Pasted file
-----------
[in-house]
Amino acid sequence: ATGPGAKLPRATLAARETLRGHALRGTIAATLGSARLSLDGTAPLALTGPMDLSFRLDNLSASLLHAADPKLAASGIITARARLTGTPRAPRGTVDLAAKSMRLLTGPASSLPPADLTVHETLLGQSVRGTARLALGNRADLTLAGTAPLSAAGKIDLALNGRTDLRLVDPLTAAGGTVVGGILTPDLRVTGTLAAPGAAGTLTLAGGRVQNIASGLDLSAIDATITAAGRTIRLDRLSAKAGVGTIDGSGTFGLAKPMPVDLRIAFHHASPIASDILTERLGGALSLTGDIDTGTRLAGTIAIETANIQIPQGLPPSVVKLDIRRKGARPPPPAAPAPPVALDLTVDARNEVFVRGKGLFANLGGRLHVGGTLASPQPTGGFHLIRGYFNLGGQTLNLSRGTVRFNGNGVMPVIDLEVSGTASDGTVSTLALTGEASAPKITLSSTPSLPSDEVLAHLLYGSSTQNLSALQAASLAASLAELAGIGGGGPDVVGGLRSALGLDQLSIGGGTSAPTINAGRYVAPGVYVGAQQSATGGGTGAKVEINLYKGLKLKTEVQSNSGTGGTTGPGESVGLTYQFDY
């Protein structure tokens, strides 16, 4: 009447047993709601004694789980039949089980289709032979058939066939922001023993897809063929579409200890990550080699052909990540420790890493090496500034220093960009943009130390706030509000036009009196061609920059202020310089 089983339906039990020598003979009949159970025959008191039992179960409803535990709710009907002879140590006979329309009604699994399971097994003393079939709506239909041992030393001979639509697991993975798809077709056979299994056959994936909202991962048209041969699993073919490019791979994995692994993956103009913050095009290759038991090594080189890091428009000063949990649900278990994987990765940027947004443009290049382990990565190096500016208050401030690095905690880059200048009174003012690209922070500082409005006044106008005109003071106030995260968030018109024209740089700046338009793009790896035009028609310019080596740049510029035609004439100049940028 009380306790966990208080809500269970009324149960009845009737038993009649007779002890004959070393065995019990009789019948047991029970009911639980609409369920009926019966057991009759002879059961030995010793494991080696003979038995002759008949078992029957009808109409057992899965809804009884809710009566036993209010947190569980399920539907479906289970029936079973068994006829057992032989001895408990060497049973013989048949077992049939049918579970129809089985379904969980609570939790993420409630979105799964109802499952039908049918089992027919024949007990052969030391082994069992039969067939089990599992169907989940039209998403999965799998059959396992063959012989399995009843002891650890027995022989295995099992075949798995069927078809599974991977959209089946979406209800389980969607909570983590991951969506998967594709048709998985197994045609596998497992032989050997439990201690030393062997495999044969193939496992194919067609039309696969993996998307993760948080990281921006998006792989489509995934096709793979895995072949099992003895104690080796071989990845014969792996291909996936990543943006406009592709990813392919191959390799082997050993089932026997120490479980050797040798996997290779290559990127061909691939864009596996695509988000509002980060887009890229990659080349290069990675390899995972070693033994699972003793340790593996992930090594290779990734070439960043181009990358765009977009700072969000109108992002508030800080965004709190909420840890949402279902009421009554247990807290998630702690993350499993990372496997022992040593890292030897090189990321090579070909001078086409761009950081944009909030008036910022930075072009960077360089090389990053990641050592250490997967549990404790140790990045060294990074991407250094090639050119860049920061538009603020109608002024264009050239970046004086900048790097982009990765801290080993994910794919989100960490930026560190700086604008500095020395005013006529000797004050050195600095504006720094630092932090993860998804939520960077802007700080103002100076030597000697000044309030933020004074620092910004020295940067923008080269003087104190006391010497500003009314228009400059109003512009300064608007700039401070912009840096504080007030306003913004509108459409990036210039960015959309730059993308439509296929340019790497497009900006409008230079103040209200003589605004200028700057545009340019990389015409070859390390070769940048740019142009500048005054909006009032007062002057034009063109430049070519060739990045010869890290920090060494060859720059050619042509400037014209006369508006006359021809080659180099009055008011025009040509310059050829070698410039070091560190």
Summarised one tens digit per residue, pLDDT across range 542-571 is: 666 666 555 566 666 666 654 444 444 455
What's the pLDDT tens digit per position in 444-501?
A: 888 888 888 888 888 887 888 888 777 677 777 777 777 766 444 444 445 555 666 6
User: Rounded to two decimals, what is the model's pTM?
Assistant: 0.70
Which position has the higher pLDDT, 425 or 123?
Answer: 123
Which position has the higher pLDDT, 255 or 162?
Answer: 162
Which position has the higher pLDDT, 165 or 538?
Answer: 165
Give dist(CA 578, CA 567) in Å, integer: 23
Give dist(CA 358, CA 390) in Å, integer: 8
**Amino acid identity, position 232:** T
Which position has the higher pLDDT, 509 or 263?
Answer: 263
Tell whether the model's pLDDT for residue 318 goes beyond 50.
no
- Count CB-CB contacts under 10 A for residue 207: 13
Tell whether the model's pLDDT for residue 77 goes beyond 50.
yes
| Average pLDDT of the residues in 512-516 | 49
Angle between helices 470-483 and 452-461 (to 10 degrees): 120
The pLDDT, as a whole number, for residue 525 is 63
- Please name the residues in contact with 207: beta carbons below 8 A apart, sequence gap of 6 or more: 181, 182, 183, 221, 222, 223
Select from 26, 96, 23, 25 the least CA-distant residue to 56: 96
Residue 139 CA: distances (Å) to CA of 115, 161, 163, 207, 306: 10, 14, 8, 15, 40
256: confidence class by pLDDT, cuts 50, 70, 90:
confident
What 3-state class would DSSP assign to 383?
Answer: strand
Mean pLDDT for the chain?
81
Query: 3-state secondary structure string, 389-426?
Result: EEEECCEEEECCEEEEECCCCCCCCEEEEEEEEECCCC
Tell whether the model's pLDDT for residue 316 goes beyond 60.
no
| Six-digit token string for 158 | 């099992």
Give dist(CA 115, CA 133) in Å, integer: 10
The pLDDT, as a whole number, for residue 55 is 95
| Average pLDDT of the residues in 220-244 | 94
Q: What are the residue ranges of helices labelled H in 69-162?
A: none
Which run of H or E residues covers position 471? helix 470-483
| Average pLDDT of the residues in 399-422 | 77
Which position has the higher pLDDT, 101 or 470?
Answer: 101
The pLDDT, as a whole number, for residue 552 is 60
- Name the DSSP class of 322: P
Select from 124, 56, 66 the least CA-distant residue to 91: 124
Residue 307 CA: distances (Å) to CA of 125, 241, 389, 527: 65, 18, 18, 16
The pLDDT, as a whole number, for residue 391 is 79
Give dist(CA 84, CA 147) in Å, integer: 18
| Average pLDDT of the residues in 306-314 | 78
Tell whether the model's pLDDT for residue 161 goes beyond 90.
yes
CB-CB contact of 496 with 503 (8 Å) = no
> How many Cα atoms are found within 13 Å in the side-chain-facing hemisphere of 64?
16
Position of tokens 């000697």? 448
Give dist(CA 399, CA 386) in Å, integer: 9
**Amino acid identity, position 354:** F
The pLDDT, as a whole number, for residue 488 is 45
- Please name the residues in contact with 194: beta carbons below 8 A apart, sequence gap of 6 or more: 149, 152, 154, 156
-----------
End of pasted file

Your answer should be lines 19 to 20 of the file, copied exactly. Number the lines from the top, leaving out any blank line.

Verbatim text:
Answer: 263
Tell whether the model's pLDDT for residue 318 goes beyond 50.